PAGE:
Materials and Methods
The UK NEQAS distributes clinically relevant and educational specimens for external quality assessment (EQA). In the UK NEQAS scheme for C. trachomatis detection (‘Molecular’), at present there are 283 participating laboratories (274 laboratories from 17 European countries and nine laboratories from five countries/regions outside Europe). However, most of the participating laboratories are in the UK (see Table 1). For surveillance and educational purposes, a blinded EQA specimen (Specimen 9119 in UK NEQAS Distribution 2402, issued in January 2009, as well as blinded specimens of three wildtype C. trachomatis strains) containing the nvCT, 1.67-3x104 elementary bodies per ml of reconstituted lyophilised specimen, was prepared as previously described . Vacuum integrity and moisture content (<2%) of the freeze-dried specimen were validated and approved before distribution to all 283 participants. The laboratories were requested to reconstitute the specimen in molecular grade water and analyse the specimen according to their routine protocols for detecting C. trachomatis from an endocervical swab.
Nucleic acid amplification tests (NAATs) used in 2009 for C. trachomatis diagnostics and changes in testing strategy during 2006-2009
Of the 283 laboratories participating in the scheme, 261 (92.2%) returned results on the nvCT specimen. In 2009, BD ProbeTec was the most commonly used main NAAT (39.5% of laboratories), followed by Cobas Amplicor (20.7%), Cobas TaqMan (16.1%), and Aptima (5.7%) (Table 1).
Table 1. Main diagnostic assay used in laboratories participating in the UK NEQAS scheme for molecular detection of Chlamydia trachomatis in 2009, by country
During the period from 2006 to 2009, the use of Cobas Amplicor decreased. However, it was still used as main NAAT in 2009 by 54 participants in 13 (59.1%) of the countries. In contrast, the numbers of laboratories using Cobas TaqMan, Abbott, and Nanogen Q-PCR have increased (Figure 1).
Figure 1. Diagnostic assays (main NAAT) used by participating laboratories in the UK NEQAS scheme for molecular detection of Chlamydia trachomatis from 2006 to 2009*
Detection of the Swedish new variant of C. trachomatis (nvCT)
The reporting laboratories used more than seven different commercial assays, in house single-target (n=7) or multi-target (n=3) real-time PCR assays, or did not specify their method (n=8). Twelve of the laboratories used two different assays (Table 2). However, specific testing algorithms used for routine diagnostics in these laboratories were not accessible.
Table 2. Combination of assays used in laboratories reporting the use of more than one assay for molecular detection of Chlamydia trachomatis in the UK NEQAS scheme in 2009
Eighty percent (n=209) of the laboratories correctly reported the presence of C. trachomatis in the nvCT specimen (Figure 2). The majority (94%, 51/54) of the laboratories using Cobas Amplicor as their first assay reported a false negative result, as expected. However, one laboratory using Cobas Amplicor, an assay that can not detect the nvCT, reported a false positive result. Furthermore, two additional laboratories reported an equivocal result: They used Cobas Amplicor, which was negative, but to confirm their results used Aptima and Cobas TaqMan, which detected the nvCT correctly. The reasons for using this double testing strategy were not available. Presumably it does not reflect their routine diagnostics of all C. trachomatis samples. Furthermore, one laboratory using the Abbott system reported a negative result. All remaining laboratories reported a positive result (Figure 2).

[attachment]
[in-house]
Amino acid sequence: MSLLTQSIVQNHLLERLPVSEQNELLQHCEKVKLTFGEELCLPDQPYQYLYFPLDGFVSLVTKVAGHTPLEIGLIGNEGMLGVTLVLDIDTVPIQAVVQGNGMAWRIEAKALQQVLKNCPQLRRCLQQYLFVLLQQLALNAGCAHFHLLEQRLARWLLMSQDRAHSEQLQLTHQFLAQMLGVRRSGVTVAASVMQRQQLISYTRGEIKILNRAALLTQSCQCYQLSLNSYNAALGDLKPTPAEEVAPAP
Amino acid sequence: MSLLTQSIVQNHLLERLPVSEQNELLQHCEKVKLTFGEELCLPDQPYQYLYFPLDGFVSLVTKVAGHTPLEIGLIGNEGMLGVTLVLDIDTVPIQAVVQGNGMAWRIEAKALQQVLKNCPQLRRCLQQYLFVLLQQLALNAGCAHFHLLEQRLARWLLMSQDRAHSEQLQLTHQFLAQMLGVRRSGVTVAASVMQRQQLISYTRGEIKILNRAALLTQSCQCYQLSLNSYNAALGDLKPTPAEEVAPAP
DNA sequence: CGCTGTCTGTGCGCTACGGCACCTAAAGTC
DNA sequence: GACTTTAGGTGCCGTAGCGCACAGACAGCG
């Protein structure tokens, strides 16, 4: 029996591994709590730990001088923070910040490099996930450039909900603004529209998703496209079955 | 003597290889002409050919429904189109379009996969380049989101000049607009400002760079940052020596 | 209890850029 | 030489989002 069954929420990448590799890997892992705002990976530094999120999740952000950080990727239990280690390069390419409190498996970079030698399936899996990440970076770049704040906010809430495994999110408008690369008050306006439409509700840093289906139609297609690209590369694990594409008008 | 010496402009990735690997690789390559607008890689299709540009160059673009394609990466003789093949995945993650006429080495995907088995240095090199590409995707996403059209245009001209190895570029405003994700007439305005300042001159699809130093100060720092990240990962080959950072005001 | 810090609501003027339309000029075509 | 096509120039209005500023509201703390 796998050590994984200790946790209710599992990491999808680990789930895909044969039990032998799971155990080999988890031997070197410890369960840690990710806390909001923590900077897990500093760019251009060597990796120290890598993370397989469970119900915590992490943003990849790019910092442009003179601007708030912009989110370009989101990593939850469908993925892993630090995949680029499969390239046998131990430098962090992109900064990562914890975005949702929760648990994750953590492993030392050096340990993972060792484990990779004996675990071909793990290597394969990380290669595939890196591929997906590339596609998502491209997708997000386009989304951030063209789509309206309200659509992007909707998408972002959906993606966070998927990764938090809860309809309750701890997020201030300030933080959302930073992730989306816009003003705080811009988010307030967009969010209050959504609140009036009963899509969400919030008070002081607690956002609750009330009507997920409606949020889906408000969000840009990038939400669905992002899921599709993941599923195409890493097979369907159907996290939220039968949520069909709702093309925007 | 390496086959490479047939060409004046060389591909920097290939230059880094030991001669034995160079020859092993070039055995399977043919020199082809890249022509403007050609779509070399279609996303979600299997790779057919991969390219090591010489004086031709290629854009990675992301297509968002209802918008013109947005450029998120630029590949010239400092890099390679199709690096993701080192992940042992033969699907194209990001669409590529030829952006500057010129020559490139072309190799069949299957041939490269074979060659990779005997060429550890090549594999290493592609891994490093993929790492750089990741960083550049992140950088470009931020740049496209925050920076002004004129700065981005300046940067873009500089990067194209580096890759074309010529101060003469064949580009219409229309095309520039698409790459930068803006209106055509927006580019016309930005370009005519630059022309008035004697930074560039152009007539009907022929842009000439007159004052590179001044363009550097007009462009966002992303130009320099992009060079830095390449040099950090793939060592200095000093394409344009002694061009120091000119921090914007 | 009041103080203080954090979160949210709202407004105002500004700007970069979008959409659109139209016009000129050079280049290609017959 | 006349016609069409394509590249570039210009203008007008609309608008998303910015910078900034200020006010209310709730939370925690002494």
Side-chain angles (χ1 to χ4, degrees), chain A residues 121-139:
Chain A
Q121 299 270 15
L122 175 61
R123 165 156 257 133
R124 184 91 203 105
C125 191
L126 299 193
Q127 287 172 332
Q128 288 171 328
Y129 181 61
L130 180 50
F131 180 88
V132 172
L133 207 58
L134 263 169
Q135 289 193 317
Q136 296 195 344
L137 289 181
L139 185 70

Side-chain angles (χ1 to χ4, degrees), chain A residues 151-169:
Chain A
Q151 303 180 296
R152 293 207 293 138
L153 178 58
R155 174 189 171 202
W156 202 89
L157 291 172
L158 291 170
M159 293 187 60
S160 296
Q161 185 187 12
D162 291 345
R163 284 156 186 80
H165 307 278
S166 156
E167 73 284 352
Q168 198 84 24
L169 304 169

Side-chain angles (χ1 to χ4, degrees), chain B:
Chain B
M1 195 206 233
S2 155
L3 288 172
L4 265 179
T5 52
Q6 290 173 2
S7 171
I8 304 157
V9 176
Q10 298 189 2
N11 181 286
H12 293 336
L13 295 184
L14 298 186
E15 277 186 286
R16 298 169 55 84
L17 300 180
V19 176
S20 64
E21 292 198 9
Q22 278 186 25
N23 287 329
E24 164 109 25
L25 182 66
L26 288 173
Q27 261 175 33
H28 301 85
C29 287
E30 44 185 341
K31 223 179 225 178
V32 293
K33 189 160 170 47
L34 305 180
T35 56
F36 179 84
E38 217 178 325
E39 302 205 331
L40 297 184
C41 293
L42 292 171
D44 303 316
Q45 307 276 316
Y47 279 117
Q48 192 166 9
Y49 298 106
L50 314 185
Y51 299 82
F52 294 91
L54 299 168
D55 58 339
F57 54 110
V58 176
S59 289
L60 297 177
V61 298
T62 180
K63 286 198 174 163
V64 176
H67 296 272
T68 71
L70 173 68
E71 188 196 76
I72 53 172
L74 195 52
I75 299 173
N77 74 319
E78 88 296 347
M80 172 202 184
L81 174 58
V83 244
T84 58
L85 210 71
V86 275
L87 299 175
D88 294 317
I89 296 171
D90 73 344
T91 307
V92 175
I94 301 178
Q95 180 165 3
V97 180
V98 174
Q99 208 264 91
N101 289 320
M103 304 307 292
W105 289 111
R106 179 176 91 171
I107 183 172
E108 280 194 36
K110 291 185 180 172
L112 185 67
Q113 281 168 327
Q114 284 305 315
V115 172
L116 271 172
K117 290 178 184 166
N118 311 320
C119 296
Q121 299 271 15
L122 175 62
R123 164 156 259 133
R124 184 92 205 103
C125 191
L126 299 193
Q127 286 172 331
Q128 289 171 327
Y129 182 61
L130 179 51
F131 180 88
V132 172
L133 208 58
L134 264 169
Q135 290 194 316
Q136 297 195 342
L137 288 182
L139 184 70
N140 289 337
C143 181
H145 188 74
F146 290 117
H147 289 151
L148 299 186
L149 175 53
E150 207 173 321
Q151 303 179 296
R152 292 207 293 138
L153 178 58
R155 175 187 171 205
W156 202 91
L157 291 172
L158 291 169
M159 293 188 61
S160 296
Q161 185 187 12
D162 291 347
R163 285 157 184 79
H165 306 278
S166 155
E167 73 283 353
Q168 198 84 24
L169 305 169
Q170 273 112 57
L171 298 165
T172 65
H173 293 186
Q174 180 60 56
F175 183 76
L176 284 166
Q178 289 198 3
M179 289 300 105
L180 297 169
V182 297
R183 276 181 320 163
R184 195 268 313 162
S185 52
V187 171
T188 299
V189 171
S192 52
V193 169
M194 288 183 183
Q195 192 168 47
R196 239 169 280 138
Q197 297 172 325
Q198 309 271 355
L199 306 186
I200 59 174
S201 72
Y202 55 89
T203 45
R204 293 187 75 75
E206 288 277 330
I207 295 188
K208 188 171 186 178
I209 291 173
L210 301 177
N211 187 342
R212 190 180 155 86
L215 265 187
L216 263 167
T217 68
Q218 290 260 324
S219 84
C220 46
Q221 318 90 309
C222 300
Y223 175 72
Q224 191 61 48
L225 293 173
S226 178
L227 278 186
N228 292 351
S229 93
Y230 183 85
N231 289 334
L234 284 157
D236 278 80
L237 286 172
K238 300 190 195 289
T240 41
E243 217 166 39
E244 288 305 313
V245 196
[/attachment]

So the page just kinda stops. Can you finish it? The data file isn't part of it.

Figure 2. Results and diagnostic method for detection of the new variant of Chlamydia trachomatis (nvCT) from 261 NEQAS laboratories in 22 countries in 2009
Discussion and conclusions
This report highlights the NAATs currently used (in 2009) for C. trachomatis detection in laboratories from 22 countries participating in the UK NEQAS scheme, alterations in their testing strategy during the period from 2006 to 2009, and their performance regarding detection of the nvCT.
Most of the laboratories (94%) using Cobas Amplicor, the second most common assay, as their first assay, reported an expected false negative result for the nvCT. However, two laboratories reported an equivocal result, i.e. negative with the Cobas Amplicor, but positive with an additional assay that detected the nvCT. One laboratory using the Cobas Amplicor assay reported a false positive result. This result suggests incorrect reporting either of the type of assay that was used or of the result, misinterpretation of the results, mix-up of specimens or contamination with other C. trachomatis strain or PCR amplicon.